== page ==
3 Big Issues We Hope Someone Is Worrying About
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1. Afghanistan after America’s Withdrawal
One of the biggest questions that looms over world politics is what happens to Afghanistan after 2014 when international involvement, especially American military presence, reduces significantly. Kabul has remained the centre of geopolitics for hundreds of years. World powers—Britain, Germany, the Soviet Union, the US—and their allies have all played the Great Game here. But the stakes are highest now, more than ever. US President Barack Obama is committed to withdraw his troops by 2014, though he has said some presence will remain to support Afghans in keeping the security situation stable. That is hardly likely. Even with heavy international military support, the Taliban have grown increasingly powerful and combative over the past few years. The group has increased attacks all over the country and have assassinated several influential figures such as President Hamid Karzai’s brother and Burhanuddin Rabbani, an ex-president and the key interlocutor in peace talks. After the US withdrawal, the country is expected to plunge into chaos.
India is one of the very few international players with no military involvement but a huge stake in Afghanistan’s redevelopment. It has only now signed a strategic pact with it. It has invested billions in building bridges and community institutions and is also developing mines in the Bamiyan province. Pakistan, however, has an even bigger stake and believes that it needs to control that country for strategic depth. It has been keen to thwart India from increasing its influence and is likely to step up its efforts after 2014 when Karzai, who is seen as close to India, steps down.
No one knows what will happen after two years, but everyone is aware that Afghanistan holds the key to stability in not only the region but also the world. Indian policymakers need to be prepared for a radically changed situation in Afghanistan and its impact on its own security.
2. Water Scarcity
Depleting water sources and increasing demand for the elixir is perhaps one of the most underrated issues in India. The issue is not restricted to India. As urbanisation gathers pace, cities and towns across the world will consume about 40 percent more water by 2025 than they do now, McKinsey Global Institute had warned earlier this year. Among those, Mumbai and Delhi will probably see the largest increase in demand, the institute had said.
World over, underground water accounts for a fifth of the usage but 85 percent of India’s villages solely depend on it. Most of it is consumed by farmers. In states such as Punjab and Maharashtra, the water table has dropped substantially; the depletion has increased the cost of farming and is threatening productivity. Ashok Gulati, chairman of Agriculture Costs & Prices Commission, was recently quoted as saying Punjab’s water table was going down by roughly 33 cm every year. Climate change is taking its toll and small rivers are running dry in many states. Large rivers such as the Ganga and the Yamuna are highly polluted and often resemble stinking sewers. Despite pouring millions into cleaning up the Ganga, nothing much has been achieved. While the government has said that water would be a priority in the 12th Plan that began in 2012 and ends in 2017, such promises have been made and forgotten before. There is still no real plan to conserve, clean and replenish India’s water resources. In the coming years, shortage of water could be one of the severest crises facing the country.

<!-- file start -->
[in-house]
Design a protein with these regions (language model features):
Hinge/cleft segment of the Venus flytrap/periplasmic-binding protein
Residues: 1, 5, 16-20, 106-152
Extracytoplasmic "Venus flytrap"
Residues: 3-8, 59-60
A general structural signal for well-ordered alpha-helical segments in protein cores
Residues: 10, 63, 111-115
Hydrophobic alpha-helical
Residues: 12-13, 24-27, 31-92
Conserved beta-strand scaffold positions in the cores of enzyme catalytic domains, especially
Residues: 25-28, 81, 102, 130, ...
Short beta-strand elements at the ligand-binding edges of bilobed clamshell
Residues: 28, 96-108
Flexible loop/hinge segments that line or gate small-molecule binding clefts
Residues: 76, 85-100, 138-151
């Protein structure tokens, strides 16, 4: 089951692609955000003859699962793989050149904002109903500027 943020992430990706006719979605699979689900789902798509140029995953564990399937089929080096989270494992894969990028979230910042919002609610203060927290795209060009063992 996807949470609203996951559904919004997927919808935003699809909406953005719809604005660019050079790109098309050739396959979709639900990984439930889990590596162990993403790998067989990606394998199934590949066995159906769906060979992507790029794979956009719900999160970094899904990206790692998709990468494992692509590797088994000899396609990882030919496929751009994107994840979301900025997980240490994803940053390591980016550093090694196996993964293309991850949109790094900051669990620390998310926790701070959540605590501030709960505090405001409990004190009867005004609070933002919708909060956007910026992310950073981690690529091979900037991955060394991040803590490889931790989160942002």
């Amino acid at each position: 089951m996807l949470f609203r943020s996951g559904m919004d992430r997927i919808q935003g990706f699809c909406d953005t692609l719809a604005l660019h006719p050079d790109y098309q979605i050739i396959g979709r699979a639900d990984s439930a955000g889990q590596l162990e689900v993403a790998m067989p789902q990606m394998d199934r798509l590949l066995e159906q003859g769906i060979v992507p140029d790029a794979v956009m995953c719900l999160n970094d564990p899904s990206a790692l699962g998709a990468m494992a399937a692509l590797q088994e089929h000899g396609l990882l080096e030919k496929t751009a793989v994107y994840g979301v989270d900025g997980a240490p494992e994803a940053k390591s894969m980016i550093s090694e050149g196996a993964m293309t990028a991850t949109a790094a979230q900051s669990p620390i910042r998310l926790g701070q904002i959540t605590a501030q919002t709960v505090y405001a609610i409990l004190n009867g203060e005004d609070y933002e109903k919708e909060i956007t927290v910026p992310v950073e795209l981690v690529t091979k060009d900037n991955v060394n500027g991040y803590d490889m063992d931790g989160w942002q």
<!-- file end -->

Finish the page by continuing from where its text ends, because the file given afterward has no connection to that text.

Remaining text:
3. Job Creation in India
The secondmost populous nation in the world will soon be its most crowded. It is expected to happen within the next 15 years when it will overtake China in terms of population. By then, it will also have the largest number of young working age people in the world. Currently, India’s workforce is around 400 million. Over 90 percent of them hold informal jobs, meaning they do not get benefits such as provident fund, pension or employee insurance.
The World Development Report 2013, published by the World Bank, says the proportion of informal workers in India has increased from about a third in 2000 to over two-thirds in 10 years. That does not augur well for a rapidly industrialising and urbanising economy.
For many years, Indian policymakers have been struggling to find ways to gainfully employ its workers, but have failed. The struggle might become tougher if technologies—robotics and 3D printing—that reduce human involvement in industries catch on. A recent report at CIO.com speculated that robotic automation could be an “offshore killer”. The report talked about startups such as Blue Prism, whose robots are fast becoming popular as they can do the work of several humans in much less time, saving firms a lot of money. They mainly do functions that do not involve analysis and are repetitive in nature. That constitutes a large number of jobs currently held by Indian IT professionals.
Another technology that is slowly but surely gaining ground is 3D printing. In the same way that computers became ubiquitous over the years, 3D printing has the potential to go personal. That could radically change manufacturing and industries as we know them today. These two technologies could be the greatest threat to India's most successful industries. India is yet to figure out how to provide universal employment. Our policymakers may do well to integrate such trends into their planning.
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